1. The respondent - a Joint Stock Company - has its principal place of business in Bombay, and a branch office in New Delhi. The Assessing Authority, Karnal, exercising power under the Punjab Professions, Traders, Callings and Employments Taxation Act 7 of 1956, assessed the respondent to profession tax for the years 1960-61 and 1961-62 and issued a notice of demand for the amount so assessed. The High Court of Punjab quashed the notices of demand and the assessment orders holding that the respondent did not carry on trade within the State of Punjab and was not liable to be assessed to tax under the Act. The State of Punjab has appealed to this Court against the order of the High Court.
2. Section 3 of Act 7 of 1956 provides :
'Every person who carries on trade, either by himself or by an agent or representative, or who follows a profession or calling or who is in employment, either wholly or in part, within the State of Punjab, shall be liable to pay for each financial year or a part thereof a tax in respect of such profession, trade, calling or employment.
3. The respondent, it is common, ground, has no branch office or any other place of business in the State of Punjab. It has also not appointed any agent or representative to carry on business on its behalf within the State. The respondent supplies goods to the Government of Punjab and certain 'semi-Government bodies' in the State in execution of orders received at its branch office at Delhi. The goods are despatched from Delhi by rail or by public motor transport. Pursuant to the terms and conditions of the 'Rate Contract' between the respondent and the Controller of Stores for the State of Punjab, the respondent consigns the goods sold by it to the appropriate Government Department F.O.R. destination. Inspection of the goods is made within the State of Punjab. The price for the goods sold is collected by presenting bills or railway receipts through Banks to the consignees.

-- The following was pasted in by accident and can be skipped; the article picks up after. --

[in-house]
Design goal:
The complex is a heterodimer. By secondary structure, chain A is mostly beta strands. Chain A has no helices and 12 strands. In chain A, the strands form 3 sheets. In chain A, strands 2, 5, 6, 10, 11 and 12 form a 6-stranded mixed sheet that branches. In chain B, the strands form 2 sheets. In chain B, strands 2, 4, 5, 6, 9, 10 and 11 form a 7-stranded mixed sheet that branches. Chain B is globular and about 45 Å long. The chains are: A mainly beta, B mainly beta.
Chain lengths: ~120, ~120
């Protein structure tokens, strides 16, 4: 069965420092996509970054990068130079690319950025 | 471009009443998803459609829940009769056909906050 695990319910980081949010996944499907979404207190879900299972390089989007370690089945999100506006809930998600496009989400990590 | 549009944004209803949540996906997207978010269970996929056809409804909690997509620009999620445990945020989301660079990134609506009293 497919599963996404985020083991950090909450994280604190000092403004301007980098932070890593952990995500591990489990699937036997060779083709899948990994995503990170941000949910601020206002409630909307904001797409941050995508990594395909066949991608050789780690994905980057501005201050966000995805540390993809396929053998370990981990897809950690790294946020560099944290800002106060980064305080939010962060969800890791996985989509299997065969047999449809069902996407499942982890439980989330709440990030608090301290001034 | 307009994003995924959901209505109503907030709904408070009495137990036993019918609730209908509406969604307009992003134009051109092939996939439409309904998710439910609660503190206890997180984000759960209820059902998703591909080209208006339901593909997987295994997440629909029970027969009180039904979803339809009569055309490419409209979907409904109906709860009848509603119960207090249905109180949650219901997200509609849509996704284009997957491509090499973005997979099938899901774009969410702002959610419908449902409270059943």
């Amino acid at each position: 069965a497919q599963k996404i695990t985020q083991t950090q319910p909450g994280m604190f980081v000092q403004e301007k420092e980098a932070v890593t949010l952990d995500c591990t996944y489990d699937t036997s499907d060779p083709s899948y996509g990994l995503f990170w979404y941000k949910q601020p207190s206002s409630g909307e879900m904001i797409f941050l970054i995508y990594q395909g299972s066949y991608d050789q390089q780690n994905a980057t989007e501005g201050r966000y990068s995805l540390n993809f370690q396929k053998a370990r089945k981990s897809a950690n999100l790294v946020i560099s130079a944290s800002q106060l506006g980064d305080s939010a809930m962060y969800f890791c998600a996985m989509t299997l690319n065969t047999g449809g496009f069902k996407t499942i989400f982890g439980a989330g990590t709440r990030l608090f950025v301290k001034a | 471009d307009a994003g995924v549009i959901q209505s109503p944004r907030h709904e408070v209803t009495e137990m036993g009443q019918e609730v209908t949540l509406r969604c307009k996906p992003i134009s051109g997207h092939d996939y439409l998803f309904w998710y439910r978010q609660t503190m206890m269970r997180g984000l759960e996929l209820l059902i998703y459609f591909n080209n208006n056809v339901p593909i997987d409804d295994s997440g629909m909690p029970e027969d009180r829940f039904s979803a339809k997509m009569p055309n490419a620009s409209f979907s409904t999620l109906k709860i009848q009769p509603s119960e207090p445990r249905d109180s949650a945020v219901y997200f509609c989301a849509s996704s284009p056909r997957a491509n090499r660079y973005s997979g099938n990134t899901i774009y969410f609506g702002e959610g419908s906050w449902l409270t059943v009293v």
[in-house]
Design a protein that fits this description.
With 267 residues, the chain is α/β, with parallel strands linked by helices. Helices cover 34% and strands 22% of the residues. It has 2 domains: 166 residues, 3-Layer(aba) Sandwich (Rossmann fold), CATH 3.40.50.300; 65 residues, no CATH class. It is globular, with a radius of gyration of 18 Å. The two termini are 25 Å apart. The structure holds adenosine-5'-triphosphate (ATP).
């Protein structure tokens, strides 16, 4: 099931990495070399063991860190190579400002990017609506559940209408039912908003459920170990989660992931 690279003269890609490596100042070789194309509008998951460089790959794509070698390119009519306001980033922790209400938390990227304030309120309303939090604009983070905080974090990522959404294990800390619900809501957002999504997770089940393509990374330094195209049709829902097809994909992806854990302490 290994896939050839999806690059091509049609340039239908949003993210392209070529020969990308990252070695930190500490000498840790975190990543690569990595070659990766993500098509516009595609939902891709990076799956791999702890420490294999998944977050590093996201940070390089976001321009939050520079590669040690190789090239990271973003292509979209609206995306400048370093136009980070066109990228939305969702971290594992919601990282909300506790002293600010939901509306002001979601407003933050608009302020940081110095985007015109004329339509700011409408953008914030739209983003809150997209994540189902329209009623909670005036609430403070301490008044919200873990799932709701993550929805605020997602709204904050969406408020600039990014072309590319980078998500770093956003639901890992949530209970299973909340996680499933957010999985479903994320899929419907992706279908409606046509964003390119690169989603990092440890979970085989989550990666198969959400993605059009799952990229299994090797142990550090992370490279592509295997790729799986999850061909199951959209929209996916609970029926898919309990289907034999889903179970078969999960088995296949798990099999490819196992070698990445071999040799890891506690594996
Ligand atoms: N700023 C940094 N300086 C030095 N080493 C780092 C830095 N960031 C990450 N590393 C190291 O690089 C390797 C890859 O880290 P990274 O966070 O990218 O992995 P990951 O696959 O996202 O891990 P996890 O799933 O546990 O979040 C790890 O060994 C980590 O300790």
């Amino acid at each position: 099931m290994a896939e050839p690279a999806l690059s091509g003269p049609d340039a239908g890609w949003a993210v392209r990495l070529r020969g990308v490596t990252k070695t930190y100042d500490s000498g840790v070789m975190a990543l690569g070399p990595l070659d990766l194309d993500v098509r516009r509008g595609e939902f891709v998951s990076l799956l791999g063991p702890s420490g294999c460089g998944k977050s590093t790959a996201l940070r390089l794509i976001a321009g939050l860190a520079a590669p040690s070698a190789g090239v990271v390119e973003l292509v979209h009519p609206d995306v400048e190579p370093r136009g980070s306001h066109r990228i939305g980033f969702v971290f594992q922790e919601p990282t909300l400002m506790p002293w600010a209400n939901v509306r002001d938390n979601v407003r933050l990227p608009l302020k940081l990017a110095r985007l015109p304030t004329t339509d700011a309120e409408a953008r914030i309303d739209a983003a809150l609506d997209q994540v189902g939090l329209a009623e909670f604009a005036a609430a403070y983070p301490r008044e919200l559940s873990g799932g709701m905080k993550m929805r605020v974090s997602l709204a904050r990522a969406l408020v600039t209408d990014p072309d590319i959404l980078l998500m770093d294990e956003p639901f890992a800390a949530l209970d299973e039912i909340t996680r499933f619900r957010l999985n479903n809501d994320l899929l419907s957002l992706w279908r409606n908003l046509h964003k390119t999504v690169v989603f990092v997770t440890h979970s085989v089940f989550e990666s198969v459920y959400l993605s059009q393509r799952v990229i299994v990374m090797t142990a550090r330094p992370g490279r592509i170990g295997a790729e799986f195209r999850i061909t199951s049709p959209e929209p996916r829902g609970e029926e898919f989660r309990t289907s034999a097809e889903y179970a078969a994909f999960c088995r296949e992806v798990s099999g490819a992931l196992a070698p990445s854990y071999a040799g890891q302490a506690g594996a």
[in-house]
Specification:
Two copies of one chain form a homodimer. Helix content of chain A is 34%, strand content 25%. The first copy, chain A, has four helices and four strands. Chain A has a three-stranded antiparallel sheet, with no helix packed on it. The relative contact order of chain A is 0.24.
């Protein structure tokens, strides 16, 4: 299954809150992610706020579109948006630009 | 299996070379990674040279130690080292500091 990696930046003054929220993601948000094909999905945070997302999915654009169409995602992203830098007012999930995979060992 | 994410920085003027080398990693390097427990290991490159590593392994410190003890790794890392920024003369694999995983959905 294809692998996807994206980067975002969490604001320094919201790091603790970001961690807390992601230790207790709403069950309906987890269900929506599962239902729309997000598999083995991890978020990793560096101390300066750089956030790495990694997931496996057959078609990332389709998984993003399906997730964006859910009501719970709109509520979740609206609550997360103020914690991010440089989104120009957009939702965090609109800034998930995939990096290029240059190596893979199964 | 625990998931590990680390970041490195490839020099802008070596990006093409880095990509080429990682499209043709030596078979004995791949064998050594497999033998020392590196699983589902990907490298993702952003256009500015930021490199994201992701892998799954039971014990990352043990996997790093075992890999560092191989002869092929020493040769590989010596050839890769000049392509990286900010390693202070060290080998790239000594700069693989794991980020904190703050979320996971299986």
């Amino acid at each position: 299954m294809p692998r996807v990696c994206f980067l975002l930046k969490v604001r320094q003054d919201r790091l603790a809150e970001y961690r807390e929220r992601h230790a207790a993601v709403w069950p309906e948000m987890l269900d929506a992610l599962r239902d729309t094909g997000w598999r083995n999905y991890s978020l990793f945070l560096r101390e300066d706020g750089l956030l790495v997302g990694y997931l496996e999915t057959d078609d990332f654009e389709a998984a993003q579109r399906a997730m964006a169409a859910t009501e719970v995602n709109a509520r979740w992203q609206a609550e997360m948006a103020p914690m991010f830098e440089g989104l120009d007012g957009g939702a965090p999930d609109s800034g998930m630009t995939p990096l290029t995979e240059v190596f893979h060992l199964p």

4. The Assessing Authority held that the respondent 'may reasonably be regarded a selling goods within' the State of Punjab because it was supplying goods F.O.R. destination. The High Court held that the respondent could not in law be regarded as carrying on trade at the place at which the goods were supplied, merely because the railway or other receipts were taken out in the name of the respondent and presented to the purchasers duly endorsed in their favour to secure realization of the price of the goods.
5. Liability to pay tax under Act 7 of 1956 arises if a person carries on trade by himself, or through his agent or follows a profession or is in employment within the State, and not otherwise. The expression 'trade' is not defined in the Act. 'Trade' in its primary meaning is the exchanging of goods for goods or goods for money; in its secondary meaning it is repeated activity in the nature of business carried on with a profit motive, the activity being manual or mercantile, as distinguished from the liberal arts or learned professions or agriculture. The question whether trade is carried on by a person at a given place must be determined on a consideration of all the circumstances. No test or set of tests which is or are decisive for all cases can be evolved for determining whether a person carries on trade at a particular place. The question, though one of mixed law and fact, must in each case be determined on a consideration of the nature of the trade, the various steps taken for carrying on the trade and other relevant facts.
6. In the present case, the respondent has no shop or office within the State of Punjab. The respondent supplies goods within the State pursuant to orders received and accepted at New Delhi, and also receives price for the goods within the State. But these are ancillary activities and do not in our judgment amount to carrying on trade within the State of Punjab. We need not refer in detail to cases such as Grainger and Son v. Gough (Surveyor of Taxes) 3 T.C. 464; F.L. Smith & Co. v. F. Greenwood (Surveyor of Taxes) 8 T.C. 193; and Firestone Tyre Co. Ltd. v. Lewellin, 37 T.C. 111 which interpret the expression 'trade exercised within the United Kingdom' in the English Income Tax Acts, for they merely lay down that for the purpose of the Income Tax Acts, there is no single, decisive or 'crucial' test to determine whether the tax-payer exercises trade at a given place.
7. The appeal fails and is dismissed. The respondent has not appeared at the hearing. There will, therefore, be no order as to costs.
8. Appeal dismissed.